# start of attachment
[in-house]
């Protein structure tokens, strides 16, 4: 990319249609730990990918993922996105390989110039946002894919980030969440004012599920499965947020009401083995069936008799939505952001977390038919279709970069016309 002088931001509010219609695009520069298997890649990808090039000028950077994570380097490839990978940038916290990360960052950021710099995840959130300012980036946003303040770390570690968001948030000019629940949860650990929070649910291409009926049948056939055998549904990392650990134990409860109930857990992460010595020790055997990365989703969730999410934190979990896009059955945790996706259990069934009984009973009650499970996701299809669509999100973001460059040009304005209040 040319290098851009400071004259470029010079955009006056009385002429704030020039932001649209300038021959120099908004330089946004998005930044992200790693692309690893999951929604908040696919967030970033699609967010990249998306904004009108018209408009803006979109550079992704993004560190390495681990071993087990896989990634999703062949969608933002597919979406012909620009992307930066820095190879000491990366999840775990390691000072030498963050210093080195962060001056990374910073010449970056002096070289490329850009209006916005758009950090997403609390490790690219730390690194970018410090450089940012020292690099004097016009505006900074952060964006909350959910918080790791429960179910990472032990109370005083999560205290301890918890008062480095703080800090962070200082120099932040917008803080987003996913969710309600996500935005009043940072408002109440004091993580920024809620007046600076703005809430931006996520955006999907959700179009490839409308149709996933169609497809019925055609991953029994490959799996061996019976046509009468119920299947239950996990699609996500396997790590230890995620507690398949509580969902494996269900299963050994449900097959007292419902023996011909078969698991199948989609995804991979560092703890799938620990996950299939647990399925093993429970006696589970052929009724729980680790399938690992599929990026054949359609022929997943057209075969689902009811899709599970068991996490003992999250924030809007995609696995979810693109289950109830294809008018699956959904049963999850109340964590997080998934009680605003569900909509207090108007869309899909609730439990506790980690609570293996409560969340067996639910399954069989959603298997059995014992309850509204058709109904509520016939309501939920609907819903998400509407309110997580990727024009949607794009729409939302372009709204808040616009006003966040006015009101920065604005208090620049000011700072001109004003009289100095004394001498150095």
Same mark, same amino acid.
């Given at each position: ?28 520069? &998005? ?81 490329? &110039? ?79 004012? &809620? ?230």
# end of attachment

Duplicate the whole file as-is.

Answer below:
[in-house]
């Protein structure tokens, strides 16, 4: 990319249609730990990918993922996105390989110039946002894919980030969440004012599920499965947020009401083995069936008799939505952001977390038919279709970069016309 002088931001509010219609695009520069298997890649990808090039000028950077994570380097490839990978940038916290990360960052950021710099995840959130300012980036946003303040770390570690968001948030000019629940949860650990929070649910291409009926049948056939055998549904990392650990134990409860109930857990992460010595020790055997990365989703969730999410934190979990896009059955945790996706259990069934009984009973009650499970996701299809669509999100973001460059040009304005209040 040319290098851009400071004259470029010079955009006056009385002429704030020039932001649209300038021959120099908004330089946004998005930044992200790693692309690893999951929604908040696919967030970033699609967010990249998306904004009108018209408009803006979109550079992704993004560190390495681990071993087990896989990634999703062949969608933002597919979406012909620009992307930066820095190879000491990366999840775990390691000072030498963050210093080195962060001056990374910073010449970056002096070289490329850009209006916005758009950090997403609390490790690219730390690194970018410090450089940012020292690099004097016009505006900074952060964006909350959910918080790791429960179910990472032990109370005083999560205290301890918890008062480095703080800090962070200082120099932040917008803080987003996913969710309600996500935005009043940072408002109440004091993580920024809620007046600076703005809430931006996520955006999907959700179009490839409308149709996933169609497809019925055609991953029994490959799996061996019976046509009468119920299947239950996990699609996500396997790590230890995620507690398949509580969902494996269900299963050994449900097959007292419902023996011909078969698991199948989609995804991979560092703890799938620990996950299939647990399925093993429970006696589970052929009724729980680790399938690992599929990026054949359609022929997943057209075969689902009811899709599970068991996490003992999250924030809007995609696995979810693109289950109830294809008018699956959904049963999850109340964590997080998934009680605003569900909509207090108007869309899909609730439990506790980690609570293996409560969340067996639910399954069989959603298997059995014992309850509204058709109904509520016939309501939920609907819903998400509407309110997580990727024009949607794009729409939302372009709204808040616009006003966040006015009101920065604005208090620049000011700072001109004003009289100095004394001498150095």
Same mark, same amino acid.
């Given at each position: ?28 520069? &998005? ?81 490329? &110039? ?79 004012? &809620? ?230």